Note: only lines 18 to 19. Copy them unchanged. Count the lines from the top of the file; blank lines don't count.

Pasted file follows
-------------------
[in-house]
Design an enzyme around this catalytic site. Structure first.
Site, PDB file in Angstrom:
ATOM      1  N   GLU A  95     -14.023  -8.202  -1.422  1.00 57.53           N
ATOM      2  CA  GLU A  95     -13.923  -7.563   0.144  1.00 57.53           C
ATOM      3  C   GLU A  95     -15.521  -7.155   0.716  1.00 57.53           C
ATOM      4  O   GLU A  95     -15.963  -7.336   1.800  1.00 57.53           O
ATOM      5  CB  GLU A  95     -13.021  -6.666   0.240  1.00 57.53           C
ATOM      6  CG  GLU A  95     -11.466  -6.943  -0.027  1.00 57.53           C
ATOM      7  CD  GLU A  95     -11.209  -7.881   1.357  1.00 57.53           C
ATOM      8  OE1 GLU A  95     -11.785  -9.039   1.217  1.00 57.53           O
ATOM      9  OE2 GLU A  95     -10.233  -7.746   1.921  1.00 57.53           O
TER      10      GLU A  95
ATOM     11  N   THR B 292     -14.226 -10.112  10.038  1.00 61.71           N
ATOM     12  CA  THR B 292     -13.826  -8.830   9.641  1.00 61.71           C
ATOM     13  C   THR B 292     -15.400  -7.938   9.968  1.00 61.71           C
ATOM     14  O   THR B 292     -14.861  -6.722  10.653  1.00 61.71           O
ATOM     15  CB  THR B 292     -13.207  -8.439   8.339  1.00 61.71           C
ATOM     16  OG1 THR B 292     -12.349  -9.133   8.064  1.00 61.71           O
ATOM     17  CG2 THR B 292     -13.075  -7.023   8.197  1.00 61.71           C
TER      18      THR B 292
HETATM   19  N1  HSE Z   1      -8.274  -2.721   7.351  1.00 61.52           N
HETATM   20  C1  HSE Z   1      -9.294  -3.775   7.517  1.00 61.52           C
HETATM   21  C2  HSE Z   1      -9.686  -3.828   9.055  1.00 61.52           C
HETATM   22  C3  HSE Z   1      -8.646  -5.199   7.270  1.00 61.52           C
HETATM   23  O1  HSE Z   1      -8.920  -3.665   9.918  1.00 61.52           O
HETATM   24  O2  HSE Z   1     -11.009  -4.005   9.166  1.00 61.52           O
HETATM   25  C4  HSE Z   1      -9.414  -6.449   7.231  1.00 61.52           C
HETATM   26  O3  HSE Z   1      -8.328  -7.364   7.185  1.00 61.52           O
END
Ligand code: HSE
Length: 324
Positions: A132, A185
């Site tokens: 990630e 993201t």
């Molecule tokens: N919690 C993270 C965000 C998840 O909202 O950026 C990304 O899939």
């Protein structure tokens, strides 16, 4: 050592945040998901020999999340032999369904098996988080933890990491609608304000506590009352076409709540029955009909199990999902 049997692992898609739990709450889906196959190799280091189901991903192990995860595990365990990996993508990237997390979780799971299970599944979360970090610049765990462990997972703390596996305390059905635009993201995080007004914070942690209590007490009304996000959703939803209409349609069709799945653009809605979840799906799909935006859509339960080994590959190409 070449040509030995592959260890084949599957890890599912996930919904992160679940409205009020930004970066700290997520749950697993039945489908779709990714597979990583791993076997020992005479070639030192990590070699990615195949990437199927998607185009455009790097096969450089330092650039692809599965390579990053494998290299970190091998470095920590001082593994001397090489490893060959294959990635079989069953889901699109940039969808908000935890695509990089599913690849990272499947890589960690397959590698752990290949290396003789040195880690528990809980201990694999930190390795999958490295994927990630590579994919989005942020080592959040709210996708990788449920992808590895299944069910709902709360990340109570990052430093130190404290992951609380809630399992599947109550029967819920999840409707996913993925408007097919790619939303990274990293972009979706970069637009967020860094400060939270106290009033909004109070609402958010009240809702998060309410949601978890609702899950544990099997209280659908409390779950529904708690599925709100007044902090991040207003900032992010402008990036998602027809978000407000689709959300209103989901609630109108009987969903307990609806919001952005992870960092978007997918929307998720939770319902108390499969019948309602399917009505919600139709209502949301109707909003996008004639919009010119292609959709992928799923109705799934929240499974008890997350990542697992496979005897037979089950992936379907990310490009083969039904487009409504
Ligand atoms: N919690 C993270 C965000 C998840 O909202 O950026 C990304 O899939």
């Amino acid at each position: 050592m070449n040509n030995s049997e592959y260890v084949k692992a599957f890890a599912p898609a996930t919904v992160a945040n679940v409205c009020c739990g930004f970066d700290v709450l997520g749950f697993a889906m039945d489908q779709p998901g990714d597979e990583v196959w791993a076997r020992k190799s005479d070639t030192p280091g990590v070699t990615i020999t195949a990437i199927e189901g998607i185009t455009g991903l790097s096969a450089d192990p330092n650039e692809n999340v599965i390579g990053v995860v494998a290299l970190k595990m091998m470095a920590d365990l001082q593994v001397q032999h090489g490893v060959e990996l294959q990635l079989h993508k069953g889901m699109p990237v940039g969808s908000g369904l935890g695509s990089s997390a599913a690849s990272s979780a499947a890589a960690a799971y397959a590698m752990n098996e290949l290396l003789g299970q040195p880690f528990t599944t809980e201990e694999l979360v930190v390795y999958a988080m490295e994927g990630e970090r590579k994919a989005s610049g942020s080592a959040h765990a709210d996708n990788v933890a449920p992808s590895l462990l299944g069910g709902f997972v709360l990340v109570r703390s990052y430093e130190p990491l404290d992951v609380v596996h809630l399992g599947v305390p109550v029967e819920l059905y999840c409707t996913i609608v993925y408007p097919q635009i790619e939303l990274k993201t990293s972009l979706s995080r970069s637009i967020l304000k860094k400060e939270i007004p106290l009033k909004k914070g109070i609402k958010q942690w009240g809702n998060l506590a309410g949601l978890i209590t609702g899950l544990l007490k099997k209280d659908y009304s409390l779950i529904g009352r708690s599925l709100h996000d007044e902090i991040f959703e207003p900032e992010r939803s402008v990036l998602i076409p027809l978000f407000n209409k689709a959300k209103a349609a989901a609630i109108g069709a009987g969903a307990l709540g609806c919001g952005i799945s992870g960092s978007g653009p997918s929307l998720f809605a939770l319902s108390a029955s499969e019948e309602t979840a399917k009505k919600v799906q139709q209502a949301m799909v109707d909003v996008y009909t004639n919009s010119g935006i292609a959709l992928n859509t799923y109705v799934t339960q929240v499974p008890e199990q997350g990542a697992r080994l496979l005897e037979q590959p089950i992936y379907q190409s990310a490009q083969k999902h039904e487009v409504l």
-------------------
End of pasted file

ATOM     15  CB  THR B 292     -13.207  -8.439   8.339  1.00 61.71           C
ATOM     16  OG1 THR B 292     -12.349  -9.133   8.064  1.00 61.71           O